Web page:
Clavius Crater

Clavius crater imaged with a Sky-Watcher 4 in f/9 refractor, 25 mm eyepiece, and an ASI 533 camera. Registering and stacking done in SIRIL.

Clavius crater imaged with a 4-inch telescope and an astronomy camera

For a complete list of astrophoto images, click here.

Night Sky in Focus | Astronomy and Amateur Radio
© Anthony Urbano | Manila, Philippines

Copernicus and Montes Apenninus

Copernicus crater and the Montes Apenninus mountain range imaged with a Sky-Watcher 4 in f/9 refractor, 25 mm eyepiece, and an ASI 533 camera.

Copernicus crater and the Montes Apenninus imaged with a 4 inch f/9 refractor

For a complete list of astrophoto images, click here.

Night Sky in Focus | Astronomy and Amateur Radio
© Anthony Urbano | Manila, Philippines

Jupiter Opposition | 2021

The best time to image and observe Jupiter (and Saturn or any other outer planet) is during opposition, when the planet, as viewed from Earth, is opposite the Sun (as the Sun sets in the west, the planet rises in the east), hence, the term opposition. Two conditions favorable to imaging happen during opposition: (1) Jupiter and Earth will be at their closest point in their orbits around the Sun, thus, making the planet appear largest when observed from Earth, and (2) Since the Sun is opposite Jupiter as viewed from the Earth, the planet is well-illuminated, thus, faster exposures can be taken resulting to sharper images. The Jupiter photo below was taken on August 7, two weeks before the 2021 opposition.

Jupiter imaged during the August 2021 opposition with a 4 inch f/9 refractor, 4x Barlow, and an ASI 533 camera. One of its large moon, Io, the cloud bands, and the Great Red Spot, are visible in this photo. Image processing done in SIRIL.

August is particularly rainy (and stormy) in the Philippines, and we seldom get treated with clear skies at this month.

For a complete list of astrophoto images, click here.

Night Sky in Focus | Astronomy and Amateur Radio
© Anthony Urbano | Manila, Philippines

Saturn | Eyepiece Projection

In eyepiece projection, an image is projected onto the camera’s sensor using an eyepiece. In this Saturn photo, I used a 4 in f/9 refractor and a 25 mm eyepiece to project an image onto the sensor of ASI 533 astronomy camera. The magnification of the image depends on the focal length of the telescope, the focal length of the eyepiece, and separation between the eyepiece and the camera’s sensor. While longer telescopes, higher-power eyepieces, and wider separation between the eyepiece and the camera will produce more magnified images, the amount of detail that can be resolved will still depend on the aperture or the diameter of the telescope’s objective mirror or lens.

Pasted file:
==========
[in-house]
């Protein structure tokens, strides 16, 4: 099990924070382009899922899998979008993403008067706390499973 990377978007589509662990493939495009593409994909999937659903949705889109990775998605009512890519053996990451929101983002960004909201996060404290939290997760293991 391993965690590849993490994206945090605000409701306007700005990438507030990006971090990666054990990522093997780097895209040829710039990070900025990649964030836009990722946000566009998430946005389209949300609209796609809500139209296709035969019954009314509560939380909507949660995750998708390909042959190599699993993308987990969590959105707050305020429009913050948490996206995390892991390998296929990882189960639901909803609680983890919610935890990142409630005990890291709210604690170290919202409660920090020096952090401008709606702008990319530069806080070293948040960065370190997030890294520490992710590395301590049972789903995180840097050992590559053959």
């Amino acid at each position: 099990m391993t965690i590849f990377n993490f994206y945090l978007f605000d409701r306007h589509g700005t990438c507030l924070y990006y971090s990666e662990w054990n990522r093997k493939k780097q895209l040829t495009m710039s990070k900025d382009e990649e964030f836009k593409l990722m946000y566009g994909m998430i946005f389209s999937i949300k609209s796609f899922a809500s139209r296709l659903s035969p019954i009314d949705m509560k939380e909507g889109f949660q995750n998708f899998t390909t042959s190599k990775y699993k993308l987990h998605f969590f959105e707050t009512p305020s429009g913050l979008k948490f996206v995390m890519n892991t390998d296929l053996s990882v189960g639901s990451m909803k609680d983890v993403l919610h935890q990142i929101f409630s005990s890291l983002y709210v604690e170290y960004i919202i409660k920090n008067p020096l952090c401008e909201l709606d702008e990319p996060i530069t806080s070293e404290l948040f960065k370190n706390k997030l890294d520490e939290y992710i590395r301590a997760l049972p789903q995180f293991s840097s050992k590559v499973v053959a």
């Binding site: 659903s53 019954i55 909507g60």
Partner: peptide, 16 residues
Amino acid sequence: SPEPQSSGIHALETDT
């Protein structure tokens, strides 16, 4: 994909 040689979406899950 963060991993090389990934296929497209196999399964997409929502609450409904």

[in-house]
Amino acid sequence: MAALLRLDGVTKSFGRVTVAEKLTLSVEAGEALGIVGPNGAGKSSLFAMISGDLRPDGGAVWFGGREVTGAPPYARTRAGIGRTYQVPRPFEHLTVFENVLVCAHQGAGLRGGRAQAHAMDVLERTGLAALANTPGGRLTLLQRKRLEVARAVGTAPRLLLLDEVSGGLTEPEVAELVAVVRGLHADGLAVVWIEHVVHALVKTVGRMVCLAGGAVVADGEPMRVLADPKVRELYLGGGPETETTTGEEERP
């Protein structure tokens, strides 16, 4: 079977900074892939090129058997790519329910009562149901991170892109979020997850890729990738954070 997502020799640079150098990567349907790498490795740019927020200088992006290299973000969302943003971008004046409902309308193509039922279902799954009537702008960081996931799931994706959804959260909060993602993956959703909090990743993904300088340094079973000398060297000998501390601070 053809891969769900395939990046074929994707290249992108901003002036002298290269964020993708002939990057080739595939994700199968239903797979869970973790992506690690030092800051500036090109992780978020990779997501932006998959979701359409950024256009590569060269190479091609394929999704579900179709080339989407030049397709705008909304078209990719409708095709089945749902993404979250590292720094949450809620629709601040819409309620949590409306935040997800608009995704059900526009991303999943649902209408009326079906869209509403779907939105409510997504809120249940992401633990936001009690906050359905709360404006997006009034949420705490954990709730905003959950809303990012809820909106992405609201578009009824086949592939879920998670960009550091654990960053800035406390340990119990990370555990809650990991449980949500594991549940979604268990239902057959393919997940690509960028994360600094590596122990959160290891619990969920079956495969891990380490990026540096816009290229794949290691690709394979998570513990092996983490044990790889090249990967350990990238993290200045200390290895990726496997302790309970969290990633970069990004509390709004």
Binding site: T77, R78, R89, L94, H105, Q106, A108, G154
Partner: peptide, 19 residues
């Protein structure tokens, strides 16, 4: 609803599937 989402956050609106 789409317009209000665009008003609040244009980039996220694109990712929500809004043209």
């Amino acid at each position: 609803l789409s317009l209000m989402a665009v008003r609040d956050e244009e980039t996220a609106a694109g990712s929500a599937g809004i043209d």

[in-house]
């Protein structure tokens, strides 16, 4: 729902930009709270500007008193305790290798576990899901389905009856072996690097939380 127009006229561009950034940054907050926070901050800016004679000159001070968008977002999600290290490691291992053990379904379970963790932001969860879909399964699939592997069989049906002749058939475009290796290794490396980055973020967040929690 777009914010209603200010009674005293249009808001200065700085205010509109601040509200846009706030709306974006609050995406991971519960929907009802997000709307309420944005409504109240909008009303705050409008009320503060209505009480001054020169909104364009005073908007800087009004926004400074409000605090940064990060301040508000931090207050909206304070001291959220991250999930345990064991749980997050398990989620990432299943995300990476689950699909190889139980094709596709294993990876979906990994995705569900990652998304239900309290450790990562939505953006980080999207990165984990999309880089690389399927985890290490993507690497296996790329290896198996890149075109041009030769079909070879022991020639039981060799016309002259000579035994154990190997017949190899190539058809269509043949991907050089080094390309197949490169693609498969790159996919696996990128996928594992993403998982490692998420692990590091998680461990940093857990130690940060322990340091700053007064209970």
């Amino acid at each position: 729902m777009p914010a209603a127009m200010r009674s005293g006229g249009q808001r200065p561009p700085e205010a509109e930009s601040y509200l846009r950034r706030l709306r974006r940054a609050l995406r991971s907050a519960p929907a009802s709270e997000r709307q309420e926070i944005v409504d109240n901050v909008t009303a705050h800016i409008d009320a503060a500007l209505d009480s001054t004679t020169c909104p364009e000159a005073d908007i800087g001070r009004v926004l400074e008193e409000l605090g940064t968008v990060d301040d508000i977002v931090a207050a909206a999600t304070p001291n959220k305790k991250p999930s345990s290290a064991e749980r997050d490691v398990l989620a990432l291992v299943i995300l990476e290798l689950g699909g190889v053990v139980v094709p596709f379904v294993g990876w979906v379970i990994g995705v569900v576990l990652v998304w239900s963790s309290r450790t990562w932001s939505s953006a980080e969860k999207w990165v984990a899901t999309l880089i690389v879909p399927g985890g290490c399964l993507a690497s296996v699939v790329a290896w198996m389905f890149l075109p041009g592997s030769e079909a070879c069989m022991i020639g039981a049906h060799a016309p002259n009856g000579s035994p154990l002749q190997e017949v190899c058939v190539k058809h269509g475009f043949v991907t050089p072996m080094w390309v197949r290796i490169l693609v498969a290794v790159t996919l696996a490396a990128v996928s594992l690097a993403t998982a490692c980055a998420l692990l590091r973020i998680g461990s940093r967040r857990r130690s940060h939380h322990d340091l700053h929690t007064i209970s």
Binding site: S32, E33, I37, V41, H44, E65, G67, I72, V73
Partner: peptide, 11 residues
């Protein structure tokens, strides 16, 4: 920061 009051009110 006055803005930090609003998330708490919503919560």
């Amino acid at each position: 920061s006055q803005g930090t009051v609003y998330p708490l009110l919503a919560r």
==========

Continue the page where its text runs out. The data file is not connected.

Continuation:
Saturn imaged through eyepiece projection during the August 2021 opposition with a 4 inch f/9 refractor, a 25 mm eyepiece, and an ASI 533 camera. Image processing done in SIRIL.

For a complete list of astrophoto images, click here.

Night Sky in Focus | Astronomy and Amateur Radio
© Anthony Urbano | Manila, Philippines

Earthshine | March 2021

I’ve observed and photographed the moon’s earthshine, in which the crescent moon’s darker surface is illuminated not directly by the Sun, but by sunlight reflected off the Earth.

Moon’s Earthshine | Sky-Watcher 4 in f/9 refractor

For a complete list of astrophoto images, click here.

Night Sky in Focus | Astronomy and Amateur Radio
© Anthony Urbano | Manila, Philippines

Venus | July 2020

Among all the planets, Venus is the brightest. It is usually seen an hour before sunrise, or an hour after sunset. The phases of Venus may be observed and photographed with a small telescope. This image of the crescent Venus was taken with a Canon 1100D and a 4 inch f/9 refractor.

For a complete list of astrophoto images, click here.

Night Sky in Focus | Astronomy and Amateur Radio
© Anthony Urbano | Manila, Philippines

Mars | May 2016

As Earth and Mars revolve around the Sun, there are instances when these two planets are close to each other, and this happens every 2 years. This is the time when Mars is best photographed and this is also the window when spacecrafts are sent to Mars! This image of Mars was taken during one of its closest approaches to Earth, revealing the dark and light patches on its surface, along with white clouds in its atmosphere. I used an SPC900NC web camera to capture this image. Image processed in IRIS.

For a complete list of astrophoto images, click here.

Night Sky in Focus | Astronomy and Amateur Radio
© Anthony Urbano | Manila, Philippines

Sunspot AR 12192 | October 2014

This is an image of the Sun showing the sunspot AR 12192, the largest sunspot of the solar cycle 2010 to 2020. This image was taken at solar maximum when the sun is most active during a cycle. It was imaged in October 2014 in Quezon City using a 4 in f/9 refractor and a Baader ND 5 solar filter. Never observe or image the Sun without the proper solar filters.

For a complete list of astrophoto images, click here.

Night Sky in Focus | Astronomy and Amateur Radio
© Anthony Urbano | Manila, Philippines